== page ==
“Those were provocations aimed at disrupting the earlier agreements, in the first place. Secondly, it was about our relations with our partners – Turkey and Iran. It was also an attempt to destroy those relations,” the Russian President said during a meeting with the editors-in-chief of Russian papers and news agencies in Moscow. “We have a perfect understanding of that and will act in solidarity.”
“There were provocateurs there, but they were not Turks,” Putin said, refuting earlier reports saying the attacks on the Russian airbase were carried out by Turkoman units backed by Ankara. “We know who they are. We know whom and how much they paid for these provocations,” Putin said, without naming the organisers of the attacks.
Russian military sites in Syria were targeted in two major attacks in the past two weeks, one on New Year’s Eve and another on January 6. The first assault, reportedly carried out by an infiltration squad armed with mortars, resulted in two Russian servicemen being killed and damage to warplanes at Khmeimim Airbase. The second involved 13 drones armed with bomblets, which were all either shot down or forced to land via means of electronic warfare by Russian forces.
According to the head of state, the attacks on Khmeimim Airbase were “well-prepared.”
“We know when and where those unmanned aerial vehicles were handed over and how many there were,” he said.
“Those aircraft were only camouflaged – I want to emphasize this – to look like handicraft production. In fact, it is quite obvious that there were elements of high-tech nature there,” Putin said.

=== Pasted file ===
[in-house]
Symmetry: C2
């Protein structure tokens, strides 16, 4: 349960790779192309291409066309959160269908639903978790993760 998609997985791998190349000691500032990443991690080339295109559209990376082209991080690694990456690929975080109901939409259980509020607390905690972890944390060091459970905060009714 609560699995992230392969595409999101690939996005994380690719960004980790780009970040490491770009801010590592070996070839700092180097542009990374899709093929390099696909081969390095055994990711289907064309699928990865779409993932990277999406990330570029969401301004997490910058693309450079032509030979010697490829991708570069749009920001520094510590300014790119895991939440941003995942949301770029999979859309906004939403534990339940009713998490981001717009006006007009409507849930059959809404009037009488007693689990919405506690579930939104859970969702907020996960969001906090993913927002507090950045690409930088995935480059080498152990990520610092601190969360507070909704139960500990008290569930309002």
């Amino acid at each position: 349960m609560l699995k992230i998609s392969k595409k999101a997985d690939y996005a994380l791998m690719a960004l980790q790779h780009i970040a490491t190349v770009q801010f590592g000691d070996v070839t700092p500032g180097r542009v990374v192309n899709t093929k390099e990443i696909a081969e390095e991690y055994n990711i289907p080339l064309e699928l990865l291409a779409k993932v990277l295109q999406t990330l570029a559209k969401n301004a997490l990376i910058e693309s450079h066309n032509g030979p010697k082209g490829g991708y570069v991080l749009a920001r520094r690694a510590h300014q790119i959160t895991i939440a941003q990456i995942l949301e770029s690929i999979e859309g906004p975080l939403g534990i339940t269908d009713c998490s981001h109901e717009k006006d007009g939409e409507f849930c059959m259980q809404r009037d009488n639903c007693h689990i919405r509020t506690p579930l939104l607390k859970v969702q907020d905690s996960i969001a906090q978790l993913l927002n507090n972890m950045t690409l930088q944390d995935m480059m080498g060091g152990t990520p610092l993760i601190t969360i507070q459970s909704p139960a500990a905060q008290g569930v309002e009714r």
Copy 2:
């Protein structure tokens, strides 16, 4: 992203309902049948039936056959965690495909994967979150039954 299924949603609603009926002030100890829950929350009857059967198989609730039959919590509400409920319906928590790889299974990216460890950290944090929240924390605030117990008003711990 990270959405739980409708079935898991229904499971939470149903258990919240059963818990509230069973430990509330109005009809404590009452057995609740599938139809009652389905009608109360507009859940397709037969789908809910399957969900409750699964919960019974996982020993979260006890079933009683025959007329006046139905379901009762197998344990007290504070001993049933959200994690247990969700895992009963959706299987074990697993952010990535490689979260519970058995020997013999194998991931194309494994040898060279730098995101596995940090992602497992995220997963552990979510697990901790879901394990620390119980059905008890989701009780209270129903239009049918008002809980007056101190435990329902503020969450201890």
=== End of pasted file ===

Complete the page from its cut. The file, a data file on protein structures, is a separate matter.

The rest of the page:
Before his Thursday meeting with Russian media chiefs, Putin held a phone conversation with his Turkish counterpart Recep Tayyip Erdogan, during which the Khmeimim attacks were discussed. During the conversation, Putin and Erdogan agreed to “intensify the coordination of efforts by the military and special services of the two countries in order to effectively combat terrorist groups in Syria.”
Relations between Moscow and Ankara have gone through a rough patch after the Turkish Air Force downed a Russian Su-24 bomber, which was involved in anti-terrorist operations in Syria, in November 2014. One Russian pilot was killed in the incident. Turkey said the jet had violated its airspace, but Russia denies the claim.
Russia and Turkey were able to restore ties since then and, together with Iran, are currently the guarantors of the peace process in Syria in accordance with the so-called Astana format. The talks in the Kazakh capital in May led to the creation of four de-escalation zones in Syria, which led to a major in reduction in violence in the war-torn country.